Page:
On July 20, 1903, according to the Julian calendar, the largest uprising against the Ottoman occupiers broke out in Macedonia – the Ilinden uprising. According to today’s (Gregorian) calendar this is August 2nd, in the Orthodox calendar it is also the day of Saint Elijah, or Ilija in Macedonian = Ilinden!
With the Ilinden uprising they wanted to finally free themselves from the braces of the Turks, but they also wanted to send a signal to the Western powers and draw attention to the “Macedonian tragedy”. It was hoped that the Western powers would intervene, but unfortunately the outcry of the Macedonians was not heard. The uprising ended more or less in a bloody fiasco …
The Macedonian insurgents, also known as “Komiti” (Komitadji, engl.), were poorly armed and outnumbered: the estimated 26,000 Macedonian insurgents were met by the Ottoman occupiers with an army of 350,000 well-trained soldiers. An unspecified number of militants, mostly of Albanian descent, also stood by the Ottomans as irregular troops.
The hoped-for intervention by Russia and the other Western powers failed to materialize because Austria-Hungary was not interested in strengthening Russian influence in the Balkans.
In view of these hopeless circumstances, the initial successes of the Macedonian freedom fighters were more than remarkable: they gained the upper hand in several villages, in Kruševo, west of Prilep, they were even able to proclaim the “Republic of Kruševo” under the presidency of school teacher Nikola Karev – the first republic on the Balkans.
What is often kept secret in international historiography: The “Constituent Parliamentary Assembly” of the Kruševo republic also included the Aromanians (in the diction at the time “Vlachs”), the Christian Albanians and the “Graecomanians” (Greek Orthodox Slavs, Albanians or Vlachs who culturally defined themselves as Greeks) represented the city. When the Balkans was ruled by monarchies, the Macedonians formed the first republic in the Balkans, with a multi-ethnic parliament.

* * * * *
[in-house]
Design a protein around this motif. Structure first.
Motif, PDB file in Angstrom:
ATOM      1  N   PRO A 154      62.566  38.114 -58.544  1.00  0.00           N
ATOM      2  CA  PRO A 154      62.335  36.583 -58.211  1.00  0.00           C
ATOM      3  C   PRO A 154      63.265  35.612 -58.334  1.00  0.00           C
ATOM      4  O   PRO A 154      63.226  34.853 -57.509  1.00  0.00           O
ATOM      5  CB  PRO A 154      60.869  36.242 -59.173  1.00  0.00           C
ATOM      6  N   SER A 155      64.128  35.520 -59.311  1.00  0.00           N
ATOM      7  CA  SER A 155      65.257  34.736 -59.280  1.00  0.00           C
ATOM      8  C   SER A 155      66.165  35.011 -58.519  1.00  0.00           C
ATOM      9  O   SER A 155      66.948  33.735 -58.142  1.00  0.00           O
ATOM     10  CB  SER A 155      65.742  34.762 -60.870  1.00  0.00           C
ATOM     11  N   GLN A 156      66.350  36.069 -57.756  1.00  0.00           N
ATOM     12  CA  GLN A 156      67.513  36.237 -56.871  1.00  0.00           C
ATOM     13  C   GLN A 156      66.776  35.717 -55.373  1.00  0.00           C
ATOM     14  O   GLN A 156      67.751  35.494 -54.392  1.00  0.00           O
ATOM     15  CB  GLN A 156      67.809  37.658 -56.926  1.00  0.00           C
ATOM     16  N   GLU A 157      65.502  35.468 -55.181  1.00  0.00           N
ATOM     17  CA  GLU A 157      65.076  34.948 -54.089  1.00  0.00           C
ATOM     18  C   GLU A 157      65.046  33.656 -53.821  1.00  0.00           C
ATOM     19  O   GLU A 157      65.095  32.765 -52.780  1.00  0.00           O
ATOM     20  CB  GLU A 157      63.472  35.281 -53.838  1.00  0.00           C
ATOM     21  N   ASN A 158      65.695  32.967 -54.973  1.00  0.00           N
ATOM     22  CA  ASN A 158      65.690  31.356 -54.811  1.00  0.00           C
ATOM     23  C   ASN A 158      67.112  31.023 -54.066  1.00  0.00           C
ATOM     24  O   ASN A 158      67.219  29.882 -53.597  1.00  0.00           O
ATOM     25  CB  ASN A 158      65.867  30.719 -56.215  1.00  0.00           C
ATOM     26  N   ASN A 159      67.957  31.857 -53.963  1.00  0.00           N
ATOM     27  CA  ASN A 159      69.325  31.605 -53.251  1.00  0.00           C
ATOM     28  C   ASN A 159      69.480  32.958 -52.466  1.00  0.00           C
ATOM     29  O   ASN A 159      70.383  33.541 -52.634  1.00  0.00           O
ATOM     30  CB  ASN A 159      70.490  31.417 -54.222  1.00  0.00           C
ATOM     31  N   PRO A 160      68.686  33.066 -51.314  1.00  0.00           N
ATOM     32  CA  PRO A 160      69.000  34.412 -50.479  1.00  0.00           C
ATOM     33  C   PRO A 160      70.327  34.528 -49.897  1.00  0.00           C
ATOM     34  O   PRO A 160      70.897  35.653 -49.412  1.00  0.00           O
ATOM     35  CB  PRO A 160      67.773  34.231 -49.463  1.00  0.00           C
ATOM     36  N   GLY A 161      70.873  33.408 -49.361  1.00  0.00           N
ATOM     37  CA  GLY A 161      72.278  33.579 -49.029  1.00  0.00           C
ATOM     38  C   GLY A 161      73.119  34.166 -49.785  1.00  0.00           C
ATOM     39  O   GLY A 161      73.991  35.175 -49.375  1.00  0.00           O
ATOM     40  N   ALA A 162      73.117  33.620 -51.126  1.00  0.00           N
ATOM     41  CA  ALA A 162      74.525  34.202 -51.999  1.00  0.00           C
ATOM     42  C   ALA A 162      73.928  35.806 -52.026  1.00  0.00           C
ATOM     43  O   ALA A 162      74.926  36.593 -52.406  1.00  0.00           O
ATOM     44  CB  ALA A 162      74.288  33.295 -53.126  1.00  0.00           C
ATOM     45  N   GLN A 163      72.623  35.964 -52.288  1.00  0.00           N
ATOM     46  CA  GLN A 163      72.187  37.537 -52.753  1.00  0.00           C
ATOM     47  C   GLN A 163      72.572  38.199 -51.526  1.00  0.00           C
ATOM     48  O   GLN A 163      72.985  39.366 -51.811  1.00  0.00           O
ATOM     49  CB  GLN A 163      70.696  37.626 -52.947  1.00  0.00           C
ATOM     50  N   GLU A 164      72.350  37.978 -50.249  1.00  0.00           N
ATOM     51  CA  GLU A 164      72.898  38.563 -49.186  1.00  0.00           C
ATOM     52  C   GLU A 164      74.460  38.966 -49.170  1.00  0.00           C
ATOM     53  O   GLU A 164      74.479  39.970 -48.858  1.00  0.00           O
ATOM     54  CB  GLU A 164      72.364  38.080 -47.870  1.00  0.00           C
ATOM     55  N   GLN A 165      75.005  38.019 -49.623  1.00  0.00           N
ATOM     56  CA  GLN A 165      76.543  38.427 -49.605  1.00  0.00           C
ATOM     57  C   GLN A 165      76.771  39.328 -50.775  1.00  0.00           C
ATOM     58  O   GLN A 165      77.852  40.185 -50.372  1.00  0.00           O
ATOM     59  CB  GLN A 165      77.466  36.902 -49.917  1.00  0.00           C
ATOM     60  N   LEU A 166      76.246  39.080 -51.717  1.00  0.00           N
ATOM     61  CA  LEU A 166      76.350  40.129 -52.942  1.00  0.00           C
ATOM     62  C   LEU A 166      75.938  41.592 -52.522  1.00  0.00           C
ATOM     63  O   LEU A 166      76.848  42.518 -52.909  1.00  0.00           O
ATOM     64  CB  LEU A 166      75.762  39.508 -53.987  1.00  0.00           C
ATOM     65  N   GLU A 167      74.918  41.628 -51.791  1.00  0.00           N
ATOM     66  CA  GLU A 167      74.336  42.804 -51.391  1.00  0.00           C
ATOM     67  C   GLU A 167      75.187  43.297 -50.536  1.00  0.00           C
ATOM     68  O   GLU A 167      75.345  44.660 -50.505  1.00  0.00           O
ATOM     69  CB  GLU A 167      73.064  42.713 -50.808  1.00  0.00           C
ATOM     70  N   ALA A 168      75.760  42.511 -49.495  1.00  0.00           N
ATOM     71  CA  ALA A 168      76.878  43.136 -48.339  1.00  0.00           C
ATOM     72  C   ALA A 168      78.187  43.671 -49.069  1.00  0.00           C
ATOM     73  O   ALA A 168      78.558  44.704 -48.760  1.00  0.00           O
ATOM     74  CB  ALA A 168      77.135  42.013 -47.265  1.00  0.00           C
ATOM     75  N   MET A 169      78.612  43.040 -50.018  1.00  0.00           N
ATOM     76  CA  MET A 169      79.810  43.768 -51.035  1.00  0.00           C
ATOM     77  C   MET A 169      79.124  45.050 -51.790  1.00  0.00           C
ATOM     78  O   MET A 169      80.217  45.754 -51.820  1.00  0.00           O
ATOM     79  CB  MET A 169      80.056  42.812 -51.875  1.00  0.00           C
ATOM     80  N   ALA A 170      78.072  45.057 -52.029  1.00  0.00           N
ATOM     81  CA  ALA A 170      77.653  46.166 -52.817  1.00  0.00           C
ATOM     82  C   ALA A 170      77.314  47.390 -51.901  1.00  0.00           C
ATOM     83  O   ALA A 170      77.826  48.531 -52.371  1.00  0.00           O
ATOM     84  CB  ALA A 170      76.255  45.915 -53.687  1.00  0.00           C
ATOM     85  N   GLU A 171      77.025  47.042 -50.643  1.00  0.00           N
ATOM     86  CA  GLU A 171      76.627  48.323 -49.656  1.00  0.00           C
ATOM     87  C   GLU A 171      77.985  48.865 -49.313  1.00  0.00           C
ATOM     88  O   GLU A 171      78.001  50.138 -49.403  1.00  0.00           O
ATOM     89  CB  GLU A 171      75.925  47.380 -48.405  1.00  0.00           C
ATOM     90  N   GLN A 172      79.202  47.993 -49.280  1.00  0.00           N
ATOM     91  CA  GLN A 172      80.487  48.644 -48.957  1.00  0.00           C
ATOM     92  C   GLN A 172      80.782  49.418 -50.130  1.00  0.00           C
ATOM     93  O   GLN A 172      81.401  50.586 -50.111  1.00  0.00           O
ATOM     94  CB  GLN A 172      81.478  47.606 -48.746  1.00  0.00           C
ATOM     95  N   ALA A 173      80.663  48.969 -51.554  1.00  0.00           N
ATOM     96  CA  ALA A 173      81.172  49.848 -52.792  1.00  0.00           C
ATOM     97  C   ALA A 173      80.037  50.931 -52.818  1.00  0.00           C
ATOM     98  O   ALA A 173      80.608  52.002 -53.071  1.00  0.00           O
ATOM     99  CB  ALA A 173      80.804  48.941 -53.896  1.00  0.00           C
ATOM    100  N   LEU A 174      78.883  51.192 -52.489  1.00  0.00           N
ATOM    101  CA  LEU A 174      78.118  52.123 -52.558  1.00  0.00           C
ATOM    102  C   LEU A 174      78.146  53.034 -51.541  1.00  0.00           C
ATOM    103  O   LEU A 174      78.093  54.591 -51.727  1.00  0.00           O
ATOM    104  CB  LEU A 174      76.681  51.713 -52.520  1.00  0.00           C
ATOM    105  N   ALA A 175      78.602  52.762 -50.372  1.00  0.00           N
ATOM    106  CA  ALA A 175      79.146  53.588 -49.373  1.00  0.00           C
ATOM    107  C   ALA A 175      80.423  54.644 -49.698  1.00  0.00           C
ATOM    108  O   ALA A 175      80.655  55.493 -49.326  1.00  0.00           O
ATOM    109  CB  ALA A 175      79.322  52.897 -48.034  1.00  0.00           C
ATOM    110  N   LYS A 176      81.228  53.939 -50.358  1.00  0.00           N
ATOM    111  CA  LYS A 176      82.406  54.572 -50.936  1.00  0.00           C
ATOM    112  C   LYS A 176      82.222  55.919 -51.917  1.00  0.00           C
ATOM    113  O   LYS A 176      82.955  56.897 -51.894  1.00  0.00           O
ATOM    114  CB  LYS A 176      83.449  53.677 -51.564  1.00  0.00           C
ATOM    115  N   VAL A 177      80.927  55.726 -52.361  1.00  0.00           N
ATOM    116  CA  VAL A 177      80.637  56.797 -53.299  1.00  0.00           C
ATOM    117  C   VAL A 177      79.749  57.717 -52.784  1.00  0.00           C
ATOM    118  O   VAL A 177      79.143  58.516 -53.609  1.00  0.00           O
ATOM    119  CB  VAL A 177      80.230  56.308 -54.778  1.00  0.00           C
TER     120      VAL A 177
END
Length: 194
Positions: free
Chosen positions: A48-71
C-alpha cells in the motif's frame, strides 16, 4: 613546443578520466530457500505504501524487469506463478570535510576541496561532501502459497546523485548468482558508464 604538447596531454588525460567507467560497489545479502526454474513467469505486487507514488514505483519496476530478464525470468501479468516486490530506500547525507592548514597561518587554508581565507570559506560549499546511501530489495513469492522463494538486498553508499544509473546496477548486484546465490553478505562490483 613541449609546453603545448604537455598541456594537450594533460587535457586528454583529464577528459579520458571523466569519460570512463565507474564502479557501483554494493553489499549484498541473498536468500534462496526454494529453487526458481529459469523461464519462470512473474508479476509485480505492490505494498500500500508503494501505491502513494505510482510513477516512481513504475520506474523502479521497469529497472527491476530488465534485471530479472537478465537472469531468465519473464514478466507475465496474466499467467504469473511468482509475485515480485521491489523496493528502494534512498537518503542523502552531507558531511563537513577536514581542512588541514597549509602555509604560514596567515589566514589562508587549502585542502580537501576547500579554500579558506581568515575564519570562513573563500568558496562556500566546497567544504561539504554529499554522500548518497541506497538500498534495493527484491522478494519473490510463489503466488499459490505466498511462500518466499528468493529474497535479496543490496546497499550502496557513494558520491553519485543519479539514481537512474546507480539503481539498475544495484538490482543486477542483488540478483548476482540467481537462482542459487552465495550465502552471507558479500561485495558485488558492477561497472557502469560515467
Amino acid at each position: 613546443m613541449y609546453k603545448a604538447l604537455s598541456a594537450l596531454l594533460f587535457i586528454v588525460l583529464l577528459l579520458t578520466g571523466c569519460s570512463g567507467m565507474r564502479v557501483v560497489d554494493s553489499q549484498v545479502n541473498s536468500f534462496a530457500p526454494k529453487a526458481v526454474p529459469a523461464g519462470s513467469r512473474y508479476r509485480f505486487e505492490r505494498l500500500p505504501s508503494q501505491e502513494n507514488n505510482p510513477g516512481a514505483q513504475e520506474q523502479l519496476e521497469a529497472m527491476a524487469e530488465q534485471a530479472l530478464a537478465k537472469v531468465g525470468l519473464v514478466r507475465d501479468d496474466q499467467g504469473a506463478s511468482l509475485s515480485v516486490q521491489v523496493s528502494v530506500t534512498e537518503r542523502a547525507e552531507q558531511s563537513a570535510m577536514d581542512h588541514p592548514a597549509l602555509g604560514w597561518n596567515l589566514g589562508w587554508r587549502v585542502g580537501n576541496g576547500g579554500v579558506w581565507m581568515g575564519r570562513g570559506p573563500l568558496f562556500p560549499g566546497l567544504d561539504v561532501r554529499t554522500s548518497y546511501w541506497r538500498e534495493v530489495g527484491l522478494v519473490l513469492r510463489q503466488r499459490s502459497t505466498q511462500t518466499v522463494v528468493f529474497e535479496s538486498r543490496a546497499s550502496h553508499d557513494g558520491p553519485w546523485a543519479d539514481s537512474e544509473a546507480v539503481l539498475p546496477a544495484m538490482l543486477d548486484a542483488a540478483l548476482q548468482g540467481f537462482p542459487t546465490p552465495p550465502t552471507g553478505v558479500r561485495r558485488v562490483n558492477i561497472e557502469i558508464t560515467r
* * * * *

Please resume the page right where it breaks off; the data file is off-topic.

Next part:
The republic of Kruševo only lasted 10 days, that is how long the city could be kept free from the Ottomans before the uprising was brutally suppressed. Around 1,000 insurgents fell in battle or were executed. Others committed suicide to avoid falling into the hands of the enemy.
The heroism of these brave and popular characters also whets the appetite, so Macedonia is subject to reprisals even today. Bulgaria not only claims the Ilinden uprising as a legacy of Bulgarian history, but also the fighters and heads of the uprising themselves. Sofia claims that the main protagonists in the struggle for Macedonia’s freedom are “all Bulgarians”.
Ilinden uprising was a purely national Macedonian movement
We want to counter this absurd assertion with an article from the New York Times newspaper of 1903. When the Americans were informed about the Macedonians’ struggle for freedom.
The reporter of the NY Times questioned the Bulgarian Prime Minister Petroff, so we read in the passage of the article:
Regarding the reports that Bulgaria was responsible for the outbreak, he pointed out that the centre of the disturbed area at present was nearly two hundert miles from the Bulgarian frontier and was separated from it by country largely inhabited by Turks. Consequently, he said, it was foolish to say that the movment was aided by bands from Bulgaria, and that it was equally unreasonable to suggest that the arms of the insurgents came from Bulgaria. as a matter of fact, he said, the guns used by the insurrectionists were all of French manifacture, and that most of them had been bought from Turkish officers and men who, receiving no pay, had restored to the sale of their guns and ammunition to obtain money.
The insurrection, he said, was entirely a national Macedonian movment organized by the Macedonian Internal Committee, which in itself was proof…
Source used: NY Times August 16, 1903, PDF – LINK